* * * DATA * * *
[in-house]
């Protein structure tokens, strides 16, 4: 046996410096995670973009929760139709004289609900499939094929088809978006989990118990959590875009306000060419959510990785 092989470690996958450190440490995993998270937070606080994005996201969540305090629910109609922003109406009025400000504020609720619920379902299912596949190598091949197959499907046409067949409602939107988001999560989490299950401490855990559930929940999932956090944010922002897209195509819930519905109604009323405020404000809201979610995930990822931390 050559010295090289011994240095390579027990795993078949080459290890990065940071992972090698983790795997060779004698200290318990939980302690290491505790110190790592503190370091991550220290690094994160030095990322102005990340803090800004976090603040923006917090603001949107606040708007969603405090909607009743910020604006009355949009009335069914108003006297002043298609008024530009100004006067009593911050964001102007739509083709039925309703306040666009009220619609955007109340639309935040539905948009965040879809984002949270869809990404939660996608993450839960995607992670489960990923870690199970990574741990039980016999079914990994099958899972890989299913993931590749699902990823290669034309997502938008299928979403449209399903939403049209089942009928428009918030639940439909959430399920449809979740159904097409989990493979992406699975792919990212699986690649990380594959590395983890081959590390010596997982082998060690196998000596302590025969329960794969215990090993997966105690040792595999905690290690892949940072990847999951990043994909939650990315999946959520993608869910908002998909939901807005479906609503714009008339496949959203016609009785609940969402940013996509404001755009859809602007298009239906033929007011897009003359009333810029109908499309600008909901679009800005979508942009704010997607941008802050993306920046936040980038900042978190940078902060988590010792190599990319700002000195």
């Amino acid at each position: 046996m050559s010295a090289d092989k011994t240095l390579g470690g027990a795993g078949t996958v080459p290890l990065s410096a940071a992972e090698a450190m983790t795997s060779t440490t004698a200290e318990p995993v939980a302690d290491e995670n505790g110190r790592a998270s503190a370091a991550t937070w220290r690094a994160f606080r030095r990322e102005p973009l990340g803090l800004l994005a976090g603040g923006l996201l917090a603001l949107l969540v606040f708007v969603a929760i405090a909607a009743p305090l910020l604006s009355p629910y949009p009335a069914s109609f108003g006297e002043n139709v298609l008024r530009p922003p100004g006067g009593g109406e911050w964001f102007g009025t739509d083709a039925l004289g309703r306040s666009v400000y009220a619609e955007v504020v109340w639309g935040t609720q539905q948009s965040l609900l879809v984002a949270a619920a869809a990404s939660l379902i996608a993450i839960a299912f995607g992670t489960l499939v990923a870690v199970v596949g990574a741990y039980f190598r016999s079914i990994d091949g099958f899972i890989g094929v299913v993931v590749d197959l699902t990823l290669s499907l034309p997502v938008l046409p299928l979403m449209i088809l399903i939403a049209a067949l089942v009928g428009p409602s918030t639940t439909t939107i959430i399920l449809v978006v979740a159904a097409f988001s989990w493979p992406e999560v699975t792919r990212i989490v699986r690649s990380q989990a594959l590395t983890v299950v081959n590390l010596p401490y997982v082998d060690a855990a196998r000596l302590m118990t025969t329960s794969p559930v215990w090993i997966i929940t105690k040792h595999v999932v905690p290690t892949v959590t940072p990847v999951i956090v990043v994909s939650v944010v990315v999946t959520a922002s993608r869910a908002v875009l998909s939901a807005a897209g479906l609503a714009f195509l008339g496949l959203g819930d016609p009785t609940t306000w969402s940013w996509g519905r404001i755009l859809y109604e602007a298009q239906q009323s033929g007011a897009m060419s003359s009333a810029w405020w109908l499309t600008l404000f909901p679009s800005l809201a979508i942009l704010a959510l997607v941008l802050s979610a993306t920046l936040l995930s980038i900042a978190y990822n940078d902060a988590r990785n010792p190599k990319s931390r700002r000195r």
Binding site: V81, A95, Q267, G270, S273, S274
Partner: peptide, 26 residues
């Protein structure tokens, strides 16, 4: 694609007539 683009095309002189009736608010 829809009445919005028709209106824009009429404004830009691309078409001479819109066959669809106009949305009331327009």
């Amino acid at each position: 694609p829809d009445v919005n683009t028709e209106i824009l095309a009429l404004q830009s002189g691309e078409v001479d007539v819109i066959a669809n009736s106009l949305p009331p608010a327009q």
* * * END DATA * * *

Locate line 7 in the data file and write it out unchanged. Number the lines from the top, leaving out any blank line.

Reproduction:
């Amino acid at each position: 694609p829809d009445v919005n683009t028709e209106i824009l095309a009429l404004q830009s002189g691309e078409v001479d007539v819109i066959a669809n009736s106009l949305p009331p608010a327009q």